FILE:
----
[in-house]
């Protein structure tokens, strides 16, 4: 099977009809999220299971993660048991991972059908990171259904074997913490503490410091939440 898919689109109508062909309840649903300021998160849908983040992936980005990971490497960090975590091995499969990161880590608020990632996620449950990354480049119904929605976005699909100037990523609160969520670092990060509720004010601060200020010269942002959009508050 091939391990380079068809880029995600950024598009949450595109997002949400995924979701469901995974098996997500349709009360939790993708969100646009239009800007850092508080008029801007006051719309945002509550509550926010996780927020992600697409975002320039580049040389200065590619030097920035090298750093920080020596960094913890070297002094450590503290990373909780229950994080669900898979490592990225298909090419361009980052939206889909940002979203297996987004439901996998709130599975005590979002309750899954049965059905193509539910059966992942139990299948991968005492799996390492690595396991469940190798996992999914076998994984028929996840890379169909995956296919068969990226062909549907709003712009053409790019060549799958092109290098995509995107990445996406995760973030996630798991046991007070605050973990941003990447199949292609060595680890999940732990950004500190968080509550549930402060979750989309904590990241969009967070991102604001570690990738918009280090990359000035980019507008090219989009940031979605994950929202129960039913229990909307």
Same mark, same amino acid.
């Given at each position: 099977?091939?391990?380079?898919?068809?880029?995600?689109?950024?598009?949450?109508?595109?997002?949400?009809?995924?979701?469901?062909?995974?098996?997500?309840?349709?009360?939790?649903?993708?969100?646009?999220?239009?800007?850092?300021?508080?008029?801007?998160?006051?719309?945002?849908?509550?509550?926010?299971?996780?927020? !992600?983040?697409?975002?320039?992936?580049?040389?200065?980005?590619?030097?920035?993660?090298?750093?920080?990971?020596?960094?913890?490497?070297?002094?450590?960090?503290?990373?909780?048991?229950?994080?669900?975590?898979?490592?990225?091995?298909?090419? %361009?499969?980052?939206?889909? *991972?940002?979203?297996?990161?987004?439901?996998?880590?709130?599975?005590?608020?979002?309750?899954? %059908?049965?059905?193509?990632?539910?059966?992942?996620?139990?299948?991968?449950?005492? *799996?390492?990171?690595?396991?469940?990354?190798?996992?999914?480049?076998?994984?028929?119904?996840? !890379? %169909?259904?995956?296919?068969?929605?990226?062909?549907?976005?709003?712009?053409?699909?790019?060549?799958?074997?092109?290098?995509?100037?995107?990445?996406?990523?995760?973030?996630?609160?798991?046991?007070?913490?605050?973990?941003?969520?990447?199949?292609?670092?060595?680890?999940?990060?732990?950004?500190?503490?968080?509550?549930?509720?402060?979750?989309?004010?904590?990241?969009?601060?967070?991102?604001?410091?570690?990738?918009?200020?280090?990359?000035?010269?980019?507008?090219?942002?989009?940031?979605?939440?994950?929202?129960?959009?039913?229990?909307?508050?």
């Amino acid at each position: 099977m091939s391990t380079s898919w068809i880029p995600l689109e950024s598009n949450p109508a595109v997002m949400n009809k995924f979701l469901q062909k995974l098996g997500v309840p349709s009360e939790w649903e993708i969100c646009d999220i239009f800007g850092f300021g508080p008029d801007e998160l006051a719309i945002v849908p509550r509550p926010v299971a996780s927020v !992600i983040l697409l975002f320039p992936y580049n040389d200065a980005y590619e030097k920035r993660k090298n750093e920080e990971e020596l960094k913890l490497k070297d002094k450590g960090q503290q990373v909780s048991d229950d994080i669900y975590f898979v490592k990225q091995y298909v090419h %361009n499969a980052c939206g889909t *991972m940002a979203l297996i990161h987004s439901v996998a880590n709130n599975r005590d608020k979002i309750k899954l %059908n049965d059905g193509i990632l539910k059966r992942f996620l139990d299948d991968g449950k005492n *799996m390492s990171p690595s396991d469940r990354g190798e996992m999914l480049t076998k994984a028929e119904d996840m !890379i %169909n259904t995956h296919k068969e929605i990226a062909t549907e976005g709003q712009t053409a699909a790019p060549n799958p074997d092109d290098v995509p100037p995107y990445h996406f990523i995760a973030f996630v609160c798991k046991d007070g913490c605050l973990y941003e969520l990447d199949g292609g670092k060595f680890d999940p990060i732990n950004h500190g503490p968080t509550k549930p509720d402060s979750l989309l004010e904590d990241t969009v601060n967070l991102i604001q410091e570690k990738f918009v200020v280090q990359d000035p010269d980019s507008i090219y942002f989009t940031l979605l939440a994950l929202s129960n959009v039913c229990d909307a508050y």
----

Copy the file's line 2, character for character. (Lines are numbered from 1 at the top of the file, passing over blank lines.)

């Protein structure tokens, strides 16, 4: 099977009809999220299971993660048991991972059908990171259904074997913490503490410091939440 898919689109109508062909309840649903300021998160849908983040992936980005990971490497960090975590091995499969990161880590608020990632996620449950990354480049119904929605976005699909100037990523609160969520670092990060509720004010601060200020010269942002959009508050 091939391990380079068809880029995600950024598009949450595109997002949400995924979701469901995974098996997500349709009360939790993708969100646009239009800007850092508080008029801007006051719309945002509550509550926010996780927020992600697409975002320039580049040389200065590619030097920035090298750093920080020596960094913890070297002094450590503290990373909780229950994080669900898979490592990225298909090419361009980052939206889909940002979203297996987004439901996998709130599975005590979002309750899954049965059905193509539910059966992942139990299948991968005492799996390492690595396991469940190798996992999914076998994984028929996840890379169909995956296919068969990226062909549907709003712009053409790019060549799958092109290098995509995107990445996406995760973030996630798991046991007070605050973990941003990447199949292609060595680890999940732990950004500190968080509550549930402060979750989309904590990241969009967070991102604001570690990738918009280090990359000035980019507008090219989009940031979605994950929202129960039913229990909307």